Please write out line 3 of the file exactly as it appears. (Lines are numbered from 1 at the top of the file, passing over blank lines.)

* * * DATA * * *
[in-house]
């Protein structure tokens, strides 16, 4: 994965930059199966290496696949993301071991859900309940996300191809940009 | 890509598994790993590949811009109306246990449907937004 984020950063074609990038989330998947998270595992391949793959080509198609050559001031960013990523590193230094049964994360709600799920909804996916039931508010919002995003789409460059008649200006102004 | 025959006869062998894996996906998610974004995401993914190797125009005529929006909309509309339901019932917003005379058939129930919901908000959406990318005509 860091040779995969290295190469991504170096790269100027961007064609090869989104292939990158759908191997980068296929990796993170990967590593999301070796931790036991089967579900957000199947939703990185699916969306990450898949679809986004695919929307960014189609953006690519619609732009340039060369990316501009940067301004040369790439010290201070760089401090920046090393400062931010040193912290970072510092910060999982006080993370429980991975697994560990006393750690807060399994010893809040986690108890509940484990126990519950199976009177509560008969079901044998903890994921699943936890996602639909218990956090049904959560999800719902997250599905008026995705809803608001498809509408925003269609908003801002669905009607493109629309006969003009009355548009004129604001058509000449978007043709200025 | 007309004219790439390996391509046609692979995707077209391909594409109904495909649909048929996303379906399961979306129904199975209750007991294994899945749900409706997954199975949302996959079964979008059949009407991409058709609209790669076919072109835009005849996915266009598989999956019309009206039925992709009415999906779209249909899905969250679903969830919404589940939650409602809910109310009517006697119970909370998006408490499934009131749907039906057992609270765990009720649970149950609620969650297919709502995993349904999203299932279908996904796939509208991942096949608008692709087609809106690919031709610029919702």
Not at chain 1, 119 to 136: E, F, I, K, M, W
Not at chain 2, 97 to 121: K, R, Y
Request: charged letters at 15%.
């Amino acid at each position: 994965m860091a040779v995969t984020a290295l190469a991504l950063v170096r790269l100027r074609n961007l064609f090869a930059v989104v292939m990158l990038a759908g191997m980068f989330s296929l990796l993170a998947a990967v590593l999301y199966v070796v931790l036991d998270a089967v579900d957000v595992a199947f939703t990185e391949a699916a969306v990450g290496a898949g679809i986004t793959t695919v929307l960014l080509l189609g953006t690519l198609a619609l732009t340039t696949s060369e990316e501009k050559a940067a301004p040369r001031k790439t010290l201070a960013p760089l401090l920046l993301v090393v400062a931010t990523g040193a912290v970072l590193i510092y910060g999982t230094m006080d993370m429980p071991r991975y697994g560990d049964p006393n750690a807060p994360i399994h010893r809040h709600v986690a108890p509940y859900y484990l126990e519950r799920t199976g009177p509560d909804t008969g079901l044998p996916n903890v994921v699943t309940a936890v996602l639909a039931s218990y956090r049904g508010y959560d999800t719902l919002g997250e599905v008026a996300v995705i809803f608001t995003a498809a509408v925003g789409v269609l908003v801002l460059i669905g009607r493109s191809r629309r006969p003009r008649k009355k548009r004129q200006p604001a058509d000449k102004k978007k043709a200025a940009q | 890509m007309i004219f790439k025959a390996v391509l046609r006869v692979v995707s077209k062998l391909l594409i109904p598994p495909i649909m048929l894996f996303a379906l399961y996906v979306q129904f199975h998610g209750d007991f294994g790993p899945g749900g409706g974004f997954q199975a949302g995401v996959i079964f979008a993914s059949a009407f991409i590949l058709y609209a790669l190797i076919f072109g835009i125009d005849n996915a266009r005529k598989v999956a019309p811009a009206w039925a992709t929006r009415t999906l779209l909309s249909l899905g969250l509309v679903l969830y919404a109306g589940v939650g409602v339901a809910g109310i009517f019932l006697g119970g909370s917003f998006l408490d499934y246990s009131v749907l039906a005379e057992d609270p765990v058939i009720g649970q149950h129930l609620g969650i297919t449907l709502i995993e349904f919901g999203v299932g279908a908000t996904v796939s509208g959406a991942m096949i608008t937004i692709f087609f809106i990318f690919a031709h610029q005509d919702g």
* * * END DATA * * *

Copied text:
Not at chain 1, 119 to 136: E, F, I, K, M, W